Signature Programs

Enriching Student Lives with Unique Experiences

Elective and enrichment courses help TQS students engage in our school environment. Students have a variety of opportunities to explore their interests, passions and skills.


The Culinary Classroom

TQS students get hands-on farm-to-table experience by growing and harvesting crops, preparing food and eating together in our state-of-the-art teaching kitchen, which is complete with greenhouse and raised garden beds.

Students learn fine motor skills, planning, organizing and measuring, along with nutrition and vital vocational skills. It’s a unique opportunity to bring learning to life outside the traditional classroom.

Research and Design Lab

Design thinking and innovation abound in our research and design lab, where students work on projects that range from 3D printing, to building a trebuchet that launches pumpkins, to rocketry.

Ice Skating

School-wide ice skating is a tradition that began with our school’s founding. For five mornings in January and February, students and teachers attend ice-skating sessions on Fridays. Parents, family and friends are invited to join.

The final session is a Skate-a-Thon fundraiser. Students raise money by skating laps, and funds are donated to a worthy charity such as Hope Children’s Home in Guyana


Special Equestrians

This 8-week therapeutic riding program introduces all TQS students to the healing power of horses, as they develop coping skills and overcome fears of unknown experiences. By riding and interacting with horses, students develop new relationships with the animals, the horse trainers, and each other.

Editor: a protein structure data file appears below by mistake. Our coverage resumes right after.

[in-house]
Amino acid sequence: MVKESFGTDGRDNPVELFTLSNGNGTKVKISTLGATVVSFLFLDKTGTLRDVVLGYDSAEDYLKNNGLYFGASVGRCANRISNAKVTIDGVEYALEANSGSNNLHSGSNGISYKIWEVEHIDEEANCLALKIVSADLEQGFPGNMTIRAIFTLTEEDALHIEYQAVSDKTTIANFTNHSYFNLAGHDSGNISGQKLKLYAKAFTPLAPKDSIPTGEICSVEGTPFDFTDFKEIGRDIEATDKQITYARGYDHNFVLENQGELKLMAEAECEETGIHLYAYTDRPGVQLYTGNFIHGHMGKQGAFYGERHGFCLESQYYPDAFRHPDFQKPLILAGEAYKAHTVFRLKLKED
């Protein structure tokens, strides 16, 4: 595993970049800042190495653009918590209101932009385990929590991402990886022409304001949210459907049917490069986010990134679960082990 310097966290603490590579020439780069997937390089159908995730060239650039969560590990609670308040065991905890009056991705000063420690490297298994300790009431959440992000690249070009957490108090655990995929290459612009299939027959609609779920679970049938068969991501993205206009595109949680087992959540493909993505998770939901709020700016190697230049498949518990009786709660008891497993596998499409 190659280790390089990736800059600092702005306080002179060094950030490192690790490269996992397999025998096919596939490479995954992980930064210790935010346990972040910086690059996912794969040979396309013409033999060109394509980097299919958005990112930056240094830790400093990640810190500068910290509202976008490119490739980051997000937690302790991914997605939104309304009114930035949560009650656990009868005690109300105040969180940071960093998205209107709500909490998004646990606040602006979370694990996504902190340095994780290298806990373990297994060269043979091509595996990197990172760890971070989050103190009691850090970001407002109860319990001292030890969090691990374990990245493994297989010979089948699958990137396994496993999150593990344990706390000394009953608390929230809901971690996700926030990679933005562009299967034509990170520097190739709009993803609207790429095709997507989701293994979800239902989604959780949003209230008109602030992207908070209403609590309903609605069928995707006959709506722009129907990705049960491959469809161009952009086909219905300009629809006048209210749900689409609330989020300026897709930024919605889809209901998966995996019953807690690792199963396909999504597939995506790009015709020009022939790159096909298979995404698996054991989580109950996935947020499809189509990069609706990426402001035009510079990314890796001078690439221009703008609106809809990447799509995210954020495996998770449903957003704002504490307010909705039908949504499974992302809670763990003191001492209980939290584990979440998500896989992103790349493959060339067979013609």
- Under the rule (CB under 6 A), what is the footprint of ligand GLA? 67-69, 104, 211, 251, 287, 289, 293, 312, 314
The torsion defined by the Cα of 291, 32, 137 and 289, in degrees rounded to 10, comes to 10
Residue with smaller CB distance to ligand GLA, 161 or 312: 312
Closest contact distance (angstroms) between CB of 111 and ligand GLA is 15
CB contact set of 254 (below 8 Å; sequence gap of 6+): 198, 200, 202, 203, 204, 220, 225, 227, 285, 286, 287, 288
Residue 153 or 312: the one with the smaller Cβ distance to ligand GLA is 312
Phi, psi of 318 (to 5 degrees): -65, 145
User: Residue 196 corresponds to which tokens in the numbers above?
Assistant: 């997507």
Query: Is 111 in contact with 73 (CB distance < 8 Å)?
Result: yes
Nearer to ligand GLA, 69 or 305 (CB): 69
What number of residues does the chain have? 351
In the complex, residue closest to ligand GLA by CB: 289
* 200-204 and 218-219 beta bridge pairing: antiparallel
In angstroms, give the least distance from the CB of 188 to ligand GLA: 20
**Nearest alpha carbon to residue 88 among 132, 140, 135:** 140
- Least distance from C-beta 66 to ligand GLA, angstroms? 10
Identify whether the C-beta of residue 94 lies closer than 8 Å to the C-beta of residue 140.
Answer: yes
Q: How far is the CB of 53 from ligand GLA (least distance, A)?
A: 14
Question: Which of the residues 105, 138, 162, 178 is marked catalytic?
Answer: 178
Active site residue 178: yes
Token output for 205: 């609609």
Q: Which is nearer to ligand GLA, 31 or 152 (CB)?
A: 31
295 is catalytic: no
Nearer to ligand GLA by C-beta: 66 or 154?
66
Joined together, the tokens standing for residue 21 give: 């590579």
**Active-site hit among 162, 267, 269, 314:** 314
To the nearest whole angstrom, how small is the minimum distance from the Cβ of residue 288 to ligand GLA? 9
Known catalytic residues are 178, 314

For children with complex challenges, the positive effects of regular yoga practice can reach into many aspects of life. TQS employs a full-time yoga teacher who uses the acclaimed Grounded Kids Yoga program to guide instruction for all students.

Field Trips

TQS classes enjoy a variety of field trips each year.

Past trips have included stops at the Museum of Moving Image, Sony Wonderland Tech Lab, Central Park Zoo, Statue of Liberty/Ellis Island, the Museum of Natural History/Hayden Planetarium, a scavenger hunt on the Highline, and Broadway Shows, Pennsbury Manor for PA Day, Medieval Times, the National Constitution Center, walking tours of Philadelphia, Crystal Cave, and S.P.L.A.S.H. - The Delaware River Steamboat.


New York City Trip: 8th-grade students explore The Big Apple for an all-day field trip that includes experiencing public transportation, exploring city neighborhoods, and dining at iconic locations such as Chelsea Market.


TQS also offers a variety of special co-curricular learning opportunities that enrich our school day. Specials include:

  • Yoga
  • Research and Design
  • Art and Ceramics
  • Affinities

Want to learn more about our Signature Programs?

Contact us for more information.

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“Before The Quaker School, I felt left out and jealous of other students in my class. Now, I can fit in for the first time in my life.”

-TQS Student

Recent Stories

Welcome to the TQS Book Club! Topic #1: Executive Functioning
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Alex Brosowsky